I couldn’t think of a catchy title for this post, there’s so much more to this man and the way I feel about his passing that I think focusing on an interesting tagline would detract from the comments I could make here.
The news of Wally Yonamine’s passing on Monday, Feb 28 at the age of 85 after a long battle with Prostate cancer definitely brought my Spring Training elation to a unique numbing point. Wally was and always will be one of my favorite baseball players of all time, a guy who loved the game, broke a significant barrier in the Japanese world of the sport (a barrier that opened doors for just as many folks worldwide as the barrier in the states broken by Jackie Robinson), and beyond all that, embraced the opportunity to single-handedly change the behavior of an entire nation and ultimately, the way that nation played and cherished the great American game of Baseball, in a way that Americans can truly appreciate.
You don’t have to have seen him in a game to admire his gutsy attitude and his passion for baseball, you only need to read "Wally Yonamine: The Man Who Changed Japanese Baseball” by Robert Fitts to understand just about any aspect of his career and personal life. I had always admired him deeply, but I felt that my relationship with his essence was absolutely sealed when I read this fantastic book.
(You should also read Fitts’ excellent “Remembering Japanese Baseball: The Oral History of the Game” which features lengthy discussions with Yonamine, and was the catalyst for the Yonamine book itself)
Wally was born Kaname Yonamine in Hawaii in 1925, even though he was of primarily Japanese ancestry this still made him a foreigner to the Japanese, a Nisei (second generation) in their own terms. The stoic xenophobia of the Japanese restricted him from being considered a countryman by heritage. He was a stunning athlete from a very young age, with considerable skill and ability in Football – in fact, he was drafted and signed by the San Francisco Giants in the late 40s and played on their squad in 1947. It was by principle that he ended up playing baseball to mitigate his risk and recovery from Football injury, and by chance that his success in baseball eventually led to his signing by the Yomiuri Giants as the first American to play professional baseball in Japan since World War II.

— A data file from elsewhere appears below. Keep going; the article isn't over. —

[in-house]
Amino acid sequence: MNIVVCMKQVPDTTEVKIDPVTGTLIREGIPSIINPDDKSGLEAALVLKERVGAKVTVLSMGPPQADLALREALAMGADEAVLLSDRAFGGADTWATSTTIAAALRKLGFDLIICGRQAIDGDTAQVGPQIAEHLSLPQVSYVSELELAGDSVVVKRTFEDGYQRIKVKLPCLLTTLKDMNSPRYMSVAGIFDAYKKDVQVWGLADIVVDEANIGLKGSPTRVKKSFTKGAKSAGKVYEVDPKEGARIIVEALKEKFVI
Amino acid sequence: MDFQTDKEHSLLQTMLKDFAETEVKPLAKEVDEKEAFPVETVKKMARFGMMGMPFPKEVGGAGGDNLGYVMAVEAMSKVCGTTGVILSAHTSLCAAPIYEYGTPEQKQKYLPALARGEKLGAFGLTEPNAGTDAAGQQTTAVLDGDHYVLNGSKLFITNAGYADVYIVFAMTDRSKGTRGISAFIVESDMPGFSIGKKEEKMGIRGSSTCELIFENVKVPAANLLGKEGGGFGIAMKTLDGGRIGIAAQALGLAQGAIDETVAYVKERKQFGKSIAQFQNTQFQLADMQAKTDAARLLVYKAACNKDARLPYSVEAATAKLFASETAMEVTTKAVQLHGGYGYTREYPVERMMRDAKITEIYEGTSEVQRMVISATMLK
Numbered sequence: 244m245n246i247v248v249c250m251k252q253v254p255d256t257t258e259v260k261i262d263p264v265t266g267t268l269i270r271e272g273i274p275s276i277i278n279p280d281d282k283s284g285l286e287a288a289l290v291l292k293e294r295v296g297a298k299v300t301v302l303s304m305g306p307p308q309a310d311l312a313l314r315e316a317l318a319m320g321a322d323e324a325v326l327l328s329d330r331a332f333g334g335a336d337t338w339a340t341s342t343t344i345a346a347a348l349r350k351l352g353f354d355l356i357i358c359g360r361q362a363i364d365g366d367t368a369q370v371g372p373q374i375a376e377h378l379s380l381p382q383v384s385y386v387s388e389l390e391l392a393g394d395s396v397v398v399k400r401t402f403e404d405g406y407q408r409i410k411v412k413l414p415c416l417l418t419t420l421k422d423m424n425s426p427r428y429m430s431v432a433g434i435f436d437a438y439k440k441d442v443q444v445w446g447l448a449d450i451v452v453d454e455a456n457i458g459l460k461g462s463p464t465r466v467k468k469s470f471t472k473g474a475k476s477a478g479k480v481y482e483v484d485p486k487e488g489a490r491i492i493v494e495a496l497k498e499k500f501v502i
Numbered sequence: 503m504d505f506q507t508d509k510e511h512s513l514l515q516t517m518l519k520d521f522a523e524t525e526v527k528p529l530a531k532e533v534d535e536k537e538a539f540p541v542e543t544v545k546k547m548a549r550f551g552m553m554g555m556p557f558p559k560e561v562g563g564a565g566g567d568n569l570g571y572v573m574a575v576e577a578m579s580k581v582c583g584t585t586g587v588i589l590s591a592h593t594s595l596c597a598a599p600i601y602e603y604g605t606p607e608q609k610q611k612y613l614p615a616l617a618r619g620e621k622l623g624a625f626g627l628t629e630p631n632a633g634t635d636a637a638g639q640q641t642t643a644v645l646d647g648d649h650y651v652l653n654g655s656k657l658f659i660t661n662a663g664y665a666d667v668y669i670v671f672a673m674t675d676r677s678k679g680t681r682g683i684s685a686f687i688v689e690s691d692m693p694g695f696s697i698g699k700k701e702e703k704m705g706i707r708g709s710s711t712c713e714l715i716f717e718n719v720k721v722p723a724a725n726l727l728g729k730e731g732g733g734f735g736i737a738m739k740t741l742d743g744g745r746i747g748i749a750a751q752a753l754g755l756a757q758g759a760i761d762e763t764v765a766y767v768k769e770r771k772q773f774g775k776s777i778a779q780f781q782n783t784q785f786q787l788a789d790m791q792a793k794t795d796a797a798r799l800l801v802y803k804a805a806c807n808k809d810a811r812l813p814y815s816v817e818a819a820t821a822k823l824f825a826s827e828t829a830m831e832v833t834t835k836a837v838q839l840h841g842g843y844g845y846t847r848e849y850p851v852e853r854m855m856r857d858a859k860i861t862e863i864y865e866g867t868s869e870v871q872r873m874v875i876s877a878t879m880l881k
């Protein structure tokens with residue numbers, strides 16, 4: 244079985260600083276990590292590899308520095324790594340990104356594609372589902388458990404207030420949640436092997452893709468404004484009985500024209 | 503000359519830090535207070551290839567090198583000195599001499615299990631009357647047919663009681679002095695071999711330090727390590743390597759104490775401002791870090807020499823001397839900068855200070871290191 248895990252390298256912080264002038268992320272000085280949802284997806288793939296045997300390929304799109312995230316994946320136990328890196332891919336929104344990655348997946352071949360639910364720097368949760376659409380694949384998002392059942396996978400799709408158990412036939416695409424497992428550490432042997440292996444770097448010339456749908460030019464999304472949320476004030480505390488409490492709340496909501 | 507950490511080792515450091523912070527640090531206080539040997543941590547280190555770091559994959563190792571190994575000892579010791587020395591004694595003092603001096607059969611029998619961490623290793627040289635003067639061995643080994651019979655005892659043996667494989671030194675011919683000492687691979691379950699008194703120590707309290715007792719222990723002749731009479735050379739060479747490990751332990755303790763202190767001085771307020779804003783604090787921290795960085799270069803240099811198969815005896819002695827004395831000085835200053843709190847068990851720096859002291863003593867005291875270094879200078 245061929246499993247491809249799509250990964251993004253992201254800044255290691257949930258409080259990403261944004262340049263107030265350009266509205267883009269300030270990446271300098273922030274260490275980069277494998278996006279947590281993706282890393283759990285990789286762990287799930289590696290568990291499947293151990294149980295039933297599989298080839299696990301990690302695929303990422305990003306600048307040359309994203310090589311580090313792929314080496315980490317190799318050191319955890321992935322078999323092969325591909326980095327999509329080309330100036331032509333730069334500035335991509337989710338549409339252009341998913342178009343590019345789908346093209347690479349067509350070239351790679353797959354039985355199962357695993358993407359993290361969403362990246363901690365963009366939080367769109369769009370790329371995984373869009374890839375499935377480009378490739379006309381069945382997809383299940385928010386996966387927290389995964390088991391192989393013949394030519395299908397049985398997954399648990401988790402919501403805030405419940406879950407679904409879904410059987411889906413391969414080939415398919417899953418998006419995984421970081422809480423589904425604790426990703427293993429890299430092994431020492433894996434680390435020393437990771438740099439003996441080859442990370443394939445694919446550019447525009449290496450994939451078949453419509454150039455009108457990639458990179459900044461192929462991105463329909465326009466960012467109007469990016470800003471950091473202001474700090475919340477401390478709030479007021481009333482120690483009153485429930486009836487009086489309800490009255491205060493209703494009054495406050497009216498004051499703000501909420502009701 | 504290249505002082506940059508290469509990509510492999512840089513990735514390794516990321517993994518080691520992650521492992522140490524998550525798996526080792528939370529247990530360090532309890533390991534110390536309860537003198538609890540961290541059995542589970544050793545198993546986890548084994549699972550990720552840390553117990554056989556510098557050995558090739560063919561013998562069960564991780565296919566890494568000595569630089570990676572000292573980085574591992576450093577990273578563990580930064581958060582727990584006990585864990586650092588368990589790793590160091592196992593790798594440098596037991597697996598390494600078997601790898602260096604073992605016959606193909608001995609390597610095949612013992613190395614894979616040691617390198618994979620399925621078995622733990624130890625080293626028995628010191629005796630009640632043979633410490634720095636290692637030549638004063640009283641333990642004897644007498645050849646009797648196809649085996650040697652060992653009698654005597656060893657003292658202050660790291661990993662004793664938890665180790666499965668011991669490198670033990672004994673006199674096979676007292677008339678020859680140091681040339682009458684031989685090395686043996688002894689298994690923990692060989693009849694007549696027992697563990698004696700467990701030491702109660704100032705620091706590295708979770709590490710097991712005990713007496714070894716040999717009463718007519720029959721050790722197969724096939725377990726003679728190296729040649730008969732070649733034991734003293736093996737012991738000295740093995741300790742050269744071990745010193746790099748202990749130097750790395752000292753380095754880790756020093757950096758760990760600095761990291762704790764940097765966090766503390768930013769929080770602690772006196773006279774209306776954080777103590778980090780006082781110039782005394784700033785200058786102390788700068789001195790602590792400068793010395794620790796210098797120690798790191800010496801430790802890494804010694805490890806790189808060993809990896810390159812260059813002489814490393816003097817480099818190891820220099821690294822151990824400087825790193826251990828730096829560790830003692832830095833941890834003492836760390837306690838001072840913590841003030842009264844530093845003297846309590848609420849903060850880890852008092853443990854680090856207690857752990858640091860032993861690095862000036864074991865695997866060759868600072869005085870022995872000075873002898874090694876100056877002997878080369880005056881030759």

When you consider the duality of this situation, the true enigma of Wally’s achievement shines through. As a Japanese American in the late-40s, he was the subject of suspicion due to the resilience of wartime distrust of these people. On the other side of the coin, derision prevailed when he existed as an interloper into the starch-encrusted traditional and nationalistic game of Japanese Baseball during the very same period of time. There was no win-win for Wally, the only thing he had to hold on to…was WIN.
His achievements in NPB (Nippon Professional Baseball) not only set a personal standard he consistently set out to improve upon, but also showcased a new style of playing to the Japanese…yes, an American style of playing. He was an American, and was unique in not accepting but in joyfully professing this trait.
Wally’s premise as a player and his attitude towards the game – and aggressiveness on the field – turned heads in Japan to the point of enabling (not forcing) the traditional pundits of the game to heed and ultimately adopt his style and love of the game over a brief period of time. You see, this was one person who changed the way an entire nation enjoyed, as well as played, the American game of Baseball. Just think what a Wally Yonamine could do today, here, to break the ice that has hardened so many hearts to the National Pastime. A guy who enters the arena with no love, and proves everything you think about him, his people, and the game he plays with a smile and an effective hook slide.
Wally made it possible for players from other countries, not just America, to enter and share the unique karma that is Japanese Baseball. Matt Murton, who broke Ichiro Suzuki’s single season record for hits in 2010, would have never been afforded that opportunity if Wally hadn’t pushed that door open in the manner that he did. Here is where you consider the similar actions of Jackie Robinson, who never blew his cool, thus improving the electricity and opportunities of Baseball in the U.S.
Wally was also a practicing Catholic, again in a country that systematically rejects this type of Christian faith (and Christian faith as a whole). Always flashing that smile, Yonamine flew the Baseball Flag proudly.
It was Japanese Baseball that changed the way I felt about American Baseball many years ago, it was Wally Yonamine to whom I will always endow the credit for his part in making Japanese Baseball – and American Baseball, too – the institution I love so much today.
Thanks, Wally…you are in a much better place today, and shagging fly balls with the best of the best. It’s our personal pain in missing your presence in our lives here that will someday translate into the benefits of our lives everlasting. Rest in peace, champ!